In many of his best-known incarnations, Charlie Chaplin’s Little Tramp is a lonely figure, looking for adventure, romance, and security in a chaotic world. But for his wildly successful 1921 film The Kid, Chaplin gave his alter ego a mischievous little sidekick, Jackie Coogan, a five-year-old vaudevillian who would go on to become Hollywood’s first major child star. Plucked from the streets after being abandoned by his unwed mother, Coogan’s character gives the scrappy, irresponsible Tramp his first taste of parenthood—and becomes a gleeful accomplice in some of the hero’s law-breaking shenanigans. For the final episode in his three-part series on Chaplin, critic David Cairns explores the comedic magic of this unlikely duo. Drawing on passages from Chaplin’s autobiography, the video illustrates how Chaplin elicited a crowd-pleasing performance from his young costar, combining Coogan’s natural charisma with highly detailed choreography that helped him nail the film’s complicated set pieces.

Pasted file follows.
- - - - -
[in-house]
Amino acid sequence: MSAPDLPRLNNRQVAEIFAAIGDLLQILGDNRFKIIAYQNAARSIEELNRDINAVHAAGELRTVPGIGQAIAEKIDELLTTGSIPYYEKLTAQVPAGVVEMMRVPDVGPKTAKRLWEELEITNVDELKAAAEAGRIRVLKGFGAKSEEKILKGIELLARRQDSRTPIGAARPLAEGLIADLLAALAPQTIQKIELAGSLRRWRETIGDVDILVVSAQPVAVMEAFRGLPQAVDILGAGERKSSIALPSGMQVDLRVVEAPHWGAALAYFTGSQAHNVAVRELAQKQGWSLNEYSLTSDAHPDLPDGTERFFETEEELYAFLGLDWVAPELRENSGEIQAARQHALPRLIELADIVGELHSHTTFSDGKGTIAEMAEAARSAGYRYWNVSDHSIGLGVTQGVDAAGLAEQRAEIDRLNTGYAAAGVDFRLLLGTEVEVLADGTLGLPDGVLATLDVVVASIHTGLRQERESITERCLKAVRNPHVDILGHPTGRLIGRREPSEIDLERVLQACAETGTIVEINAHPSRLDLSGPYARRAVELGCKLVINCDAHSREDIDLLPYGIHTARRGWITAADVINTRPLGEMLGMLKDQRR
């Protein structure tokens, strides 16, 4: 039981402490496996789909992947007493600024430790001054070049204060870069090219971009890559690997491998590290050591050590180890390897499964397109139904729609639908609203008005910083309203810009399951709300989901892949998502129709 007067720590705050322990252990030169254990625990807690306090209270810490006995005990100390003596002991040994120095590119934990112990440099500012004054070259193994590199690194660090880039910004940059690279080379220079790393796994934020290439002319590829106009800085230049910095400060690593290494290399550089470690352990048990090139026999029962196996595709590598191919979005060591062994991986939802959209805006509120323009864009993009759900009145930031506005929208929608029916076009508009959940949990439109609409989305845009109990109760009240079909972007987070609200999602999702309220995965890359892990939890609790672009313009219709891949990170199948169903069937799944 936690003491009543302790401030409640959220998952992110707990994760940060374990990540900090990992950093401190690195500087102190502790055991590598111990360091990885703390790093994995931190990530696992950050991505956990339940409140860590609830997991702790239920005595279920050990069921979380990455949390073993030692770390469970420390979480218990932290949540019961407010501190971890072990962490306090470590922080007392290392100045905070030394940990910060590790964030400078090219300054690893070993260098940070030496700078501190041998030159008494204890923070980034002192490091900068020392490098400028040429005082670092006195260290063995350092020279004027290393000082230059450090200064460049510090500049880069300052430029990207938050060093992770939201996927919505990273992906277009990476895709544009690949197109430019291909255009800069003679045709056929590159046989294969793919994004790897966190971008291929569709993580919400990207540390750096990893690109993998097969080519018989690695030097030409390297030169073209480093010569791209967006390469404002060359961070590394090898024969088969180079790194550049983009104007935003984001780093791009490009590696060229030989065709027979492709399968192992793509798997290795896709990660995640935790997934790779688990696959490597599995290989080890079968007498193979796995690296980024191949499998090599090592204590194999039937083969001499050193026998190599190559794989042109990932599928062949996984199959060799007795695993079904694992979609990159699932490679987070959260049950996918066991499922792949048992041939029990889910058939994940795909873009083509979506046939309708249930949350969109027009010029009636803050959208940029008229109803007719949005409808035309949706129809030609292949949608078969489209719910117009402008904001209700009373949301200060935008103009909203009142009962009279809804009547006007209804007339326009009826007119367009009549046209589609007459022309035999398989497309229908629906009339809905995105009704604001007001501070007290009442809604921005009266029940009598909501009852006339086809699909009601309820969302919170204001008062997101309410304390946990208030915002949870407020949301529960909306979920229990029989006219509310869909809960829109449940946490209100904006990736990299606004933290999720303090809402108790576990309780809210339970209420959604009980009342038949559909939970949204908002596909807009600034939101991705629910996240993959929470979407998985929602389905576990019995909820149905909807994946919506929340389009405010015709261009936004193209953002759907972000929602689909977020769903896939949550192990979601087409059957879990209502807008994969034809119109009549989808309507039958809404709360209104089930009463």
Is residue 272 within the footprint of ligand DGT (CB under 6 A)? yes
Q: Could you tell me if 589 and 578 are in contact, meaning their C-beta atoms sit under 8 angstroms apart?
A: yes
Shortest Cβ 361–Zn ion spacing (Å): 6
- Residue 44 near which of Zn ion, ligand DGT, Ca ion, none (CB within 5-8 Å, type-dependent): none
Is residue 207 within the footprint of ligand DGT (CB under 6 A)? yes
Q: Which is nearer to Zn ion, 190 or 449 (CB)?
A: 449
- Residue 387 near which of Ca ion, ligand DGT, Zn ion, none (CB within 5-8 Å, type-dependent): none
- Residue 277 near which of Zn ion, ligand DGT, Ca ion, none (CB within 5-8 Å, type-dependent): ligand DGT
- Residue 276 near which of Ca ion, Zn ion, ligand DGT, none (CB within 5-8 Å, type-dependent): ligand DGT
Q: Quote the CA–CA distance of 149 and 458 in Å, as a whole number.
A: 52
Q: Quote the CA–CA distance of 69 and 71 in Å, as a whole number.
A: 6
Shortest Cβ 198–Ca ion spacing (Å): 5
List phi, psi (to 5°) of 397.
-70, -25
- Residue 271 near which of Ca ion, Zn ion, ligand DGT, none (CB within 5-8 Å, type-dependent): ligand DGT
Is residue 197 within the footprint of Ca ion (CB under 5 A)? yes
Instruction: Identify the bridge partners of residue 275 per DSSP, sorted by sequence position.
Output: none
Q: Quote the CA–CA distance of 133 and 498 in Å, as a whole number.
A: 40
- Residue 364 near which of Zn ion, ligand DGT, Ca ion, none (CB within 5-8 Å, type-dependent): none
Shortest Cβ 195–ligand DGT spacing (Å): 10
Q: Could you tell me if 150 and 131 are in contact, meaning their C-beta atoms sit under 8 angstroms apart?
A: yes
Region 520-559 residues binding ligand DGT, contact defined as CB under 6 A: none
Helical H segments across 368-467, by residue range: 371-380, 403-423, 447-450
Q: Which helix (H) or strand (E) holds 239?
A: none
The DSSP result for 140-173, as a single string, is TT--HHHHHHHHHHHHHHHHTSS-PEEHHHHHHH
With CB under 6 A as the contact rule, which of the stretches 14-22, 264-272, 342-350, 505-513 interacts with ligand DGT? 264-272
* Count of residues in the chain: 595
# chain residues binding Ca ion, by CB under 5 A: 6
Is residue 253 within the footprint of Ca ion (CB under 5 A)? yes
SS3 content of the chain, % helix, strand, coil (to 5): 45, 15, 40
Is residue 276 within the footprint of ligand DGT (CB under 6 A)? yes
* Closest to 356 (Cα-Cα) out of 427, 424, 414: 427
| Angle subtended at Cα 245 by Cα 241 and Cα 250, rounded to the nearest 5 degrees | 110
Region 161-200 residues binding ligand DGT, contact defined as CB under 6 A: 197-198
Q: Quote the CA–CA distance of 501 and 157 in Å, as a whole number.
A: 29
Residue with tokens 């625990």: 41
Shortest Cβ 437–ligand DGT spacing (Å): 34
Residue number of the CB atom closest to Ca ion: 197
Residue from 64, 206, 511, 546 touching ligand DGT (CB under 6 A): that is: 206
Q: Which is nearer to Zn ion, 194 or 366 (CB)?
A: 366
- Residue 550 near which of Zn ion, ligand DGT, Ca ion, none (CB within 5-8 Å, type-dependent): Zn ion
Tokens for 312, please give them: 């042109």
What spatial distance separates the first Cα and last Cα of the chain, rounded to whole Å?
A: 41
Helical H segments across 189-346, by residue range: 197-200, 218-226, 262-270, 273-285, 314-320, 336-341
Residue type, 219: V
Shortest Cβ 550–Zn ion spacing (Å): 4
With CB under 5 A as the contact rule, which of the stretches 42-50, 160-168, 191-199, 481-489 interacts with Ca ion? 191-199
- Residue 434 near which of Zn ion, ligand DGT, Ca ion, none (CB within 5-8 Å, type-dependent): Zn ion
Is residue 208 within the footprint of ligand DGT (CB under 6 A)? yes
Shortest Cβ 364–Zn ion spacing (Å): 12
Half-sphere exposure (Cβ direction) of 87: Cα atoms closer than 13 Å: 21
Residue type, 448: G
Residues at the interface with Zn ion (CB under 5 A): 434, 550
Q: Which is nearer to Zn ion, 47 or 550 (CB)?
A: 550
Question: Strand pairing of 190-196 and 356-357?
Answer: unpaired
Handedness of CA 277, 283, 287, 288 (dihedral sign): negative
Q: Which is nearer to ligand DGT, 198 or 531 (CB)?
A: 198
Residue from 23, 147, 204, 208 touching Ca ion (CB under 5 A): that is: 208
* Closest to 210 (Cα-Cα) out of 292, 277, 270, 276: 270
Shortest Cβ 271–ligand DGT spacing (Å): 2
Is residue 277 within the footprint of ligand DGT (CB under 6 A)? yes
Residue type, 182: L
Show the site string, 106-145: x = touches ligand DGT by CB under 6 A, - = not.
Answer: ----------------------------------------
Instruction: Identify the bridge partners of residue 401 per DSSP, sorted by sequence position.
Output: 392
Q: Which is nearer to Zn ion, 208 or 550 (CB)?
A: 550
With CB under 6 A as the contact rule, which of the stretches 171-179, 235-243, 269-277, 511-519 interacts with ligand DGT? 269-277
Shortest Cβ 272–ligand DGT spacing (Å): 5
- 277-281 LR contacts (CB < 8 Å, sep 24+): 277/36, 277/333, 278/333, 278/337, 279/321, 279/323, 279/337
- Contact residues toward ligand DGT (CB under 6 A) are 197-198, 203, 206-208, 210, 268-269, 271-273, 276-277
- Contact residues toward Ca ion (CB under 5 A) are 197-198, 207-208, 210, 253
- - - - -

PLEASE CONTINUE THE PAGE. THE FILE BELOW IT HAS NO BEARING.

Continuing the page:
Watch the video essay above, then check out Cairns’s pieces on two of Chaplin’s favorite motifs: dancing and choking.